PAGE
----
Vuescan doesn't use ICE because it doesn't license it, and Ed Hamrick has chosen to do his own drivers for the scanner rather than just act as a front end to Nikon's. If it did license ICE, it would cost much more. ICE is software which uses information from a scanners IR channel if so equipped, so ICE itself is not really "built in" to Nikon scanner hardware - you have to use Nikon's drivers. Ed Hamrick has chosen to implement his own version of IR cleaning (which is downright TRIVIAL to disable if you choose - go to the Filter tab - IR clean is the first choice. Set it to "none". Done.), and while you might quibble about whether ICE or Vuescan's routines are better or worse, the differences are, at most, minor.

    "Analog gain" (a misnomer, but one Nikon itself promotes) is right there on the initial Input panel. I can't imagine how it could be more obvious. You do have to take the software out of "just scan it for me" mode, but you have to do that to do much of anything beyond just pushing the scan button with default values. Taking it out of beginners mode requires pushing one very obvious button.

    And finally, you most certainly do NOT have to use Vuescan's film base correction filters. While I agree they're essentially useless, again (do you sense a theme here?) disabling them is trivial.

    I do prefer Silverfast AI for transparency scanning, but not because it's in any way easier or more intuitive to use. If anything, it's even more obtuse. And interestingly enough, like Vuescan, Silverfast has recently begun to implement its own IR cleaning routine, also bypassing ICE (called iSRD and available only in Mac versions right now).

  17. This is something I'm trying to learn too, and there is a definite learning curve. It takes awhile to get good at it.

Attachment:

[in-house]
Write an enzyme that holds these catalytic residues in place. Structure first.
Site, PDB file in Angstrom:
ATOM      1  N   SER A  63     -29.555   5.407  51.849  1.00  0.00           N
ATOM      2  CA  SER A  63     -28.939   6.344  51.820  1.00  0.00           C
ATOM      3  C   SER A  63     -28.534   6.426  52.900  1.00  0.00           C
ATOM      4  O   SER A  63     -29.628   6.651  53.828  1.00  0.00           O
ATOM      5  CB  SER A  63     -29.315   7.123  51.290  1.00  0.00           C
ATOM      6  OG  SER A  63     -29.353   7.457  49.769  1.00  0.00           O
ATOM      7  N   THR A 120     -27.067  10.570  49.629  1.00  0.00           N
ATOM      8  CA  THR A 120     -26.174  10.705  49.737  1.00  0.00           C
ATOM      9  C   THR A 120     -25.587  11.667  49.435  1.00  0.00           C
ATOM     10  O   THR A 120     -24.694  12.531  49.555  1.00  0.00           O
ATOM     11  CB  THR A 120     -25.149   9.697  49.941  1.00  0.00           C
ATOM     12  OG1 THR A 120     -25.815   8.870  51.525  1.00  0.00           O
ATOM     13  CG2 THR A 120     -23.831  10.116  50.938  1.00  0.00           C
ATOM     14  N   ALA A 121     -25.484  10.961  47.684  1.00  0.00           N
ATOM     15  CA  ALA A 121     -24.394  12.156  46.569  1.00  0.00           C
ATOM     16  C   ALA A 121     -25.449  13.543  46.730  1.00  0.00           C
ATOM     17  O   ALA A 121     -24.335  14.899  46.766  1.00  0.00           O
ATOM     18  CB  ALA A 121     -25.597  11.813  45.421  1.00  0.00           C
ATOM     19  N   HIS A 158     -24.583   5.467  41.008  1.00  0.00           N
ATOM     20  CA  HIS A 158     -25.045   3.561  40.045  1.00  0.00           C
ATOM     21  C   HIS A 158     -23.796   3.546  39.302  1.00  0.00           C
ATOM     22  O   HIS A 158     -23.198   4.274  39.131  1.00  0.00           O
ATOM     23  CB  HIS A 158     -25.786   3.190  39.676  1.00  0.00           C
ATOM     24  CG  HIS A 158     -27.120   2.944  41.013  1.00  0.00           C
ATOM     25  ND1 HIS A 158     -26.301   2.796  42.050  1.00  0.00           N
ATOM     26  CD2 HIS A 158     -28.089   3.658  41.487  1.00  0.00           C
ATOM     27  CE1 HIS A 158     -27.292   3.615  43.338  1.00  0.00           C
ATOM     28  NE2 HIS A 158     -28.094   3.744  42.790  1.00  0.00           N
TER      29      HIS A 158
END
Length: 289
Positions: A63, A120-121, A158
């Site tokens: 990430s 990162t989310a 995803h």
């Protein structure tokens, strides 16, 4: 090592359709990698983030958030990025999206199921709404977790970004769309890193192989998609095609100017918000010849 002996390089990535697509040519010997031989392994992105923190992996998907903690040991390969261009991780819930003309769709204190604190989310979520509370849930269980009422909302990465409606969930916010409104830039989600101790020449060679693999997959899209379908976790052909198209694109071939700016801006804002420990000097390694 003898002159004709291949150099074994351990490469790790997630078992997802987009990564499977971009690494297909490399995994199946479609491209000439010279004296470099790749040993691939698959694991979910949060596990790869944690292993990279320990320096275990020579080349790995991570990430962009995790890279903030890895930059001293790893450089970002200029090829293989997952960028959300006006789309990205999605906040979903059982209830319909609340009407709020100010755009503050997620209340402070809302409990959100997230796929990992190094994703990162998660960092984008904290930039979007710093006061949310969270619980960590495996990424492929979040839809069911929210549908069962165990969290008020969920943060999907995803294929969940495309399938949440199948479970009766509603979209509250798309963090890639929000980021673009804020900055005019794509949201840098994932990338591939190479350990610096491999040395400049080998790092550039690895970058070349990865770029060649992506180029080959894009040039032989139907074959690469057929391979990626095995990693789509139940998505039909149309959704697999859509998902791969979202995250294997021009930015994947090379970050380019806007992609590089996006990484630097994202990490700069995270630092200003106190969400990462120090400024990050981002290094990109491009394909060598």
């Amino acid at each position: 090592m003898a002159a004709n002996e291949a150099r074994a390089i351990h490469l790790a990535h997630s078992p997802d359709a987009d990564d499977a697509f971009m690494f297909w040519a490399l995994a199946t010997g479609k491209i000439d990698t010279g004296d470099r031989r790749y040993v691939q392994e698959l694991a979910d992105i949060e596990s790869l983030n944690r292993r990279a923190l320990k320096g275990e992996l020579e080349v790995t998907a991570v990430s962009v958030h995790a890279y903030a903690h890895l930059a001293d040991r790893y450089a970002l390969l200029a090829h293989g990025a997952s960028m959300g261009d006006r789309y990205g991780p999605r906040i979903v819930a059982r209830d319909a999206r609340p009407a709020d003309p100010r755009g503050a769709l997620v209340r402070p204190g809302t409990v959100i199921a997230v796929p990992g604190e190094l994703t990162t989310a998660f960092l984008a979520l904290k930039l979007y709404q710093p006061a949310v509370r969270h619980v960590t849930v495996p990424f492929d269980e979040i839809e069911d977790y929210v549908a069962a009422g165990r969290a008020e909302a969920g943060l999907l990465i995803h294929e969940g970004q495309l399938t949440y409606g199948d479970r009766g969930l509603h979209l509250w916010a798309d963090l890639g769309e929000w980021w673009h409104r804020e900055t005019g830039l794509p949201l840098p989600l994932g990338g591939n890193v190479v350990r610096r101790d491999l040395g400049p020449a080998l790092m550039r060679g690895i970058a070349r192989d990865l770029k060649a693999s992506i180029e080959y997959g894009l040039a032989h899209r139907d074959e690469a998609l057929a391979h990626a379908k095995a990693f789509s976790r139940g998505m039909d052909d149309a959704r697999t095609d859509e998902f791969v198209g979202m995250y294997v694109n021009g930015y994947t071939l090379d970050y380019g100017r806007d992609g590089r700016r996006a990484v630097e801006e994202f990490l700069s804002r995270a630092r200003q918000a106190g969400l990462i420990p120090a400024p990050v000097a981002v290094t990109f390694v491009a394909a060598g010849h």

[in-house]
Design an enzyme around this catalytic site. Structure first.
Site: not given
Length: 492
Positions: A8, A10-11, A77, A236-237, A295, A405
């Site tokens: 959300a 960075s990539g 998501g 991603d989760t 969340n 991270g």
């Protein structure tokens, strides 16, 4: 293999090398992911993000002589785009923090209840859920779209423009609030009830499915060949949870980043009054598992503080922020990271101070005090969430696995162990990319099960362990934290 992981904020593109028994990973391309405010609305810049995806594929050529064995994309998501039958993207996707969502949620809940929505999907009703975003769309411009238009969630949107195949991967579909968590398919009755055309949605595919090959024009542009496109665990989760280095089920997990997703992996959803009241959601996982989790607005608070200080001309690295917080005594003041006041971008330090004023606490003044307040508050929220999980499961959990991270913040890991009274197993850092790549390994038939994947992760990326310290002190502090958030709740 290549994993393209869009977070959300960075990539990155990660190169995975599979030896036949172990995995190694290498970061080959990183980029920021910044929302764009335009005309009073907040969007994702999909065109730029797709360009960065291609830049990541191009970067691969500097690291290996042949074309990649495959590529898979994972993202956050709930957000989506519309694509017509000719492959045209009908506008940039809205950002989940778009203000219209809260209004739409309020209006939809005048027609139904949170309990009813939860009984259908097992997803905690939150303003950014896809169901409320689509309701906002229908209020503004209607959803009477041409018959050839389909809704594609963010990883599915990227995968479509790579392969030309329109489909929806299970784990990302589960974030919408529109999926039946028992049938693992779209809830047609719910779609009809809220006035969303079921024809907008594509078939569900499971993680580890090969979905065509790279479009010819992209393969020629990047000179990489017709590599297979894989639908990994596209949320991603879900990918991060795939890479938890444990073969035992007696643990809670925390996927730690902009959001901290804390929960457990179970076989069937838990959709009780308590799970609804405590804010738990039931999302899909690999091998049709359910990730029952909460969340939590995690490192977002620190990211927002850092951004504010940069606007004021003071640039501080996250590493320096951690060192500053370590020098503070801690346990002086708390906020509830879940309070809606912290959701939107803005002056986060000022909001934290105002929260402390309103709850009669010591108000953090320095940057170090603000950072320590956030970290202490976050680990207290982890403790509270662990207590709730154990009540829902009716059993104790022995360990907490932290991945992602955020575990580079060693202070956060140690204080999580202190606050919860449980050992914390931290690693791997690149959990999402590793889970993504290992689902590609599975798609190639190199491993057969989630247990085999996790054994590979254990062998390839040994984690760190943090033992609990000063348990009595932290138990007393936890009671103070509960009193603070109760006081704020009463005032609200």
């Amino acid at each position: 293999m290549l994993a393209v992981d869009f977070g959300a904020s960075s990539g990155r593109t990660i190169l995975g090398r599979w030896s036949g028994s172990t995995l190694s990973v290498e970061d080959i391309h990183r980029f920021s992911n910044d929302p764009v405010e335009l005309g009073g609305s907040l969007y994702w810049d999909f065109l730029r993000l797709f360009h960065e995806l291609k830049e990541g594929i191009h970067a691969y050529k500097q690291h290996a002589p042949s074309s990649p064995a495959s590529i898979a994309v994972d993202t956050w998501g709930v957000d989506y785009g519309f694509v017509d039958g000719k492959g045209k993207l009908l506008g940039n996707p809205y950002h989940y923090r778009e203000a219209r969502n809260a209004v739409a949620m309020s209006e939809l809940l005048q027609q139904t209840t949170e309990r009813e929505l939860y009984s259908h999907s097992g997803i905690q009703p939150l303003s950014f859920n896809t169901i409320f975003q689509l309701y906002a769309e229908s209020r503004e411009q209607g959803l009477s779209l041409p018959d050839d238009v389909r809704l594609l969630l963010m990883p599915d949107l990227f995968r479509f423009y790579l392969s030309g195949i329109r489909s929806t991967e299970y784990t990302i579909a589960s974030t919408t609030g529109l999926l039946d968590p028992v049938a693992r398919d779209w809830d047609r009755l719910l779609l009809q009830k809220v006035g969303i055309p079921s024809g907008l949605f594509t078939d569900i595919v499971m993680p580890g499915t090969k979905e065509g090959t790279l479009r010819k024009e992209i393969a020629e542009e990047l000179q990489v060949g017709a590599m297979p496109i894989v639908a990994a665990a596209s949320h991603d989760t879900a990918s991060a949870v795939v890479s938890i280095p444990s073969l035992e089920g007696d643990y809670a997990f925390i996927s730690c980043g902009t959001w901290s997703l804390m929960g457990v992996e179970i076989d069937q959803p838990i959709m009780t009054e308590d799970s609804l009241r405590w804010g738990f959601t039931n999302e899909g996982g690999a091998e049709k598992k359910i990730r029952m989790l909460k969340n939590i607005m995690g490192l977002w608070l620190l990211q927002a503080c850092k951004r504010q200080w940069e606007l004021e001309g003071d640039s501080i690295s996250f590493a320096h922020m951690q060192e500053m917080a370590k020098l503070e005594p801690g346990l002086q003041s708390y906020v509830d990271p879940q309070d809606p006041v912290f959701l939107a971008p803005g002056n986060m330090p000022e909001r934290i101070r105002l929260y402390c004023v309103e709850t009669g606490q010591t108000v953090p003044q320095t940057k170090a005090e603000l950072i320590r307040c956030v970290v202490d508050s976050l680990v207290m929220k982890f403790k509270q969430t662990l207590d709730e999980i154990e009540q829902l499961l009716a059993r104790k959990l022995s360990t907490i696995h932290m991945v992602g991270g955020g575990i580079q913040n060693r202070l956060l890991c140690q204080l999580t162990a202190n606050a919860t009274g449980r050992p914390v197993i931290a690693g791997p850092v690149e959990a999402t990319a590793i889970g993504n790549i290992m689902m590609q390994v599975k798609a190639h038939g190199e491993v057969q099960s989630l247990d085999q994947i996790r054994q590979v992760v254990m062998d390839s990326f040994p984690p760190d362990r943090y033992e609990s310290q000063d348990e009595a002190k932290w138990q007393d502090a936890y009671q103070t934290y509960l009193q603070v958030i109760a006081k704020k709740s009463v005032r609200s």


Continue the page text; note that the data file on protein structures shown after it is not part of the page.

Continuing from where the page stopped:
I'm reading this book and can recommend it:
  18. Yeah, I'm absolutely thrilled with my new old Canoscan F2720U I recently bought, but I spend more time fixing dust than scanning. I guess the same would be true of my darkroom prints too, but the scanning it gives me a lot more time to browse my favorite photo websites. My only complaint is that the software locks up the machine it runs on until it's done. I know the problems you describe are only going to get worse as new operating systems are introduced. That's one of the reasons I need to get a Nikon scanner because they're the only game in town seemingly committed to making them long term.
  19. Michael; many scanners hog the majority of resources while scanning; even if the scan only requires a tad of CPU usage. Thus one might just use another box for scanning only.
  20. Using a Canon FS4000, which is now an ancient scanner, I've had very good luck scanning slides, even Kodachromes. But you do have to work at it a little to get the best results and be willing to do some post processing

    Off topic, my older version of Vuescan is just sucking when it comes to getting color right. I've actually gone back to using the normally suckier version of Filmget and I'm getting better results. Strange.

Share This Page